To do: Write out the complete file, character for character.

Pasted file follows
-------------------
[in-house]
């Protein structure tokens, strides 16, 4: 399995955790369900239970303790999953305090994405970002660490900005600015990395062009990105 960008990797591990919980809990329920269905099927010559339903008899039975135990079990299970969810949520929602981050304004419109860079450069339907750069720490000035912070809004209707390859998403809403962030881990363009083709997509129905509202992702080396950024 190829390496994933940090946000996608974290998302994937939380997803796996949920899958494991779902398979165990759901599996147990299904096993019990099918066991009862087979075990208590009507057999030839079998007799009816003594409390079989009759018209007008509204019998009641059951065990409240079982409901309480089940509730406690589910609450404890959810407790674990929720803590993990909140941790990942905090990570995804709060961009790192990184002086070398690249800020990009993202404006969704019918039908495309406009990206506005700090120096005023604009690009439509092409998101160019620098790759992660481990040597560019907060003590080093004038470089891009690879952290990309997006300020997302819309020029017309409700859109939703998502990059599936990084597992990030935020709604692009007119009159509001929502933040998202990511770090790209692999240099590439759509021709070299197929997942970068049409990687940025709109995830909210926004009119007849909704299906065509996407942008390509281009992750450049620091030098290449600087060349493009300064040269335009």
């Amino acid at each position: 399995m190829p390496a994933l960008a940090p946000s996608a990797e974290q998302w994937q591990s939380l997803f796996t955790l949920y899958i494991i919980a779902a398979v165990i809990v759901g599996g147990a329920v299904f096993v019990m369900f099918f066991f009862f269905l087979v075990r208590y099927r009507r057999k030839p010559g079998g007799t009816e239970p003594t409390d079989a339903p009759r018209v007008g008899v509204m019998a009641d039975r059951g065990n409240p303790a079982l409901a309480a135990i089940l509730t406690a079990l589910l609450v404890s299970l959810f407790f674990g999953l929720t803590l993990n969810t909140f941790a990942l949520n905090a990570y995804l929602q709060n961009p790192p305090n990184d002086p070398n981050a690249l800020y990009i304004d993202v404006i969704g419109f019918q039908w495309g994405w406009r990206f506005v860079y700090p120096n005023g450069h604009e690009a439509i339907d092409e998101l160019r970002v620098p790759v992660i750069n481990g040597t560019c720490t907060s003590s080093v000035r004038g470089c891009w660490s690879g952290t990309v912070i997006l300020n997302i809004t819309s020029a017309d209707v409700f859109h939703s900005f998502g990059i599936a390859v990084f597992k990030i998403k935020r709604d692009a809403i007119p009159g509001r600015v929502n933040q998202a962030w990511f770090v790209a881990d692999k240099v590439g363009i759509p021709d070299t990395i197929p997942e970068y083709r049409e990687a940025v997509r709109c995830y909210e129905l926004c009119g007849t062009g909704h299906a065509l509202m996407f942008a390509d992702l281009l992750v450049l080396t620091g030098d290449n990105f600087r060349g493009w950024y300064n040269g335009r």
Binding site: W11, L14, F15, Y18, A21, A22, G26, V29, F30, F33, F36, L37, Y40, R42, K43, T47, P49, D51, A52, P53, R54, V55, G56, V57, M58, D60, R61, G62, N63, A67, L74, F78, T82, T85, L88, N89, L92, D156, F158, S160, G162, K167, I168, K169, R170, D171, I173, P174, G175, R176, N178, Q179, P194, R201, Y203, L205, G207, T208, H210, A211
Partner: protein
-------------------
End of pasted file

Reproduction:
[in-house]
């Protein structure tokens, strides 16, 4: 399995955790369900239970303790999953305090994405970002660490900005600015990395062009990105 960008990797591990919980809990329920269905099927010559339903008899039975135990079990299970969810949520929602981050304004419109860079450069339907750069720490000035912070809004209707390859998403809403962030881990363009083709997509129905509202992702080396950024 190829390496994933940090946000996608974290998302994937939380997803796996949920899958494991779902398979165990759901599996147990299904096993019990099918066991009862087979075990208590009507057999030839079998007799009816003594409390079989009759018209007008509204019998009641059951065990409240079982409901309480089940509730406690589910609450404890959810407790674990929720803590993990909140941790990942905090990570995804709060961009790192990184002086070398690249800020990009993202404006969704019918039908495309406009990206506005700090120096005023604009690009439509092409998101160019620098790759992660481990040597560019907060003590080093004038470089891009690879952290990309997006300020997302819309020029017309409700859109939703998502990059599936990084597992990030935020709604692009007119009159509001929502933040998202990511770090790209692999240099590439759509021709070299197929997942970068049409990687940025709109995830909210926004009119007849909704299906065509996407942008390509281009992750450049620091030098290449600087060349493009300064040269335009």
């Amino acid at each position: 399995m190829p390496a994933l960008a940090p946000s996608a990797e974290q998302w994937q591990s939380l997803f796996t955790l949920y899958i494991i919980a779902a398979v165990i809990v759901g599996g147990a329920v299904f096993v019990m369900f099918f066991f009862f269905l087979v075990r208590y099927r009507r057999k030839p010559g079998g007799t009816e239970p003594t409390d079989a339903p009759r018209v007008g008899v509204m019998a009641d039975r059951g065990n409240p303790a079982l409901a309480a135990i089940l509730t406690a079990l589910l609450v404890s299970l959810f407790f674990g999953l929720t803590l993990n969810t909140f941790a990942l949520n905090a990570y995804l929602q709060n961009p790192p305090n990184d002086p070398n981050a690249l800020y990009i304004d993202v404006i969704g419109f019918q039908w495309g994405w406009r990206f506005v860079y700090p120096n005023g450069h604009e690009a439509i339907d092409e998101l160019r970002v620098p790759v992660i750069n481990g040597t560019c720490t907060s003590s080093v000035r004038g470089c891009w660490s690879g952290t990309v912070i997006l300020n997302i809004t819309s020029a017309d209707v409700f859109h939703s900005f998502g990059i599936a390859v990084f597992k990030i998403k935020r709604d692009a809403i007119p009159g509001r600015v929502n933040q998202a962030w990511f770090v790209a881990d692999k240099v590439g363009i759509p021709d070299t990395i197929p997942e970068y083709r049409e990687a940025v997509r709109c995830y909210e129905l926004c009119g007849t062009g909704h299906a065509l509202m996407f942008a390509d992702l281009l992750v450049l080396t620091g030098d290449n990105f600087r060349g493009w950024y300064n040269g335009r």
Binding site: W11, L14, F15, Y18, A21, A22, G26, V29, F30, F33, F36, L37, Y40, R42, K43, T47, P49, D51, A52, P53, R54, V55, G56, V57, M58, D60, R61, G62, N63, A67, L74, F78, T82, T85, L88, N89, L92, D156, F158, S160, G162, K167, I168, K169, R170, D171, I173, P174, G175, R176, N178, Q179, P194, R201, Y203, L205, G207, T208, H210, A211
Partner: protein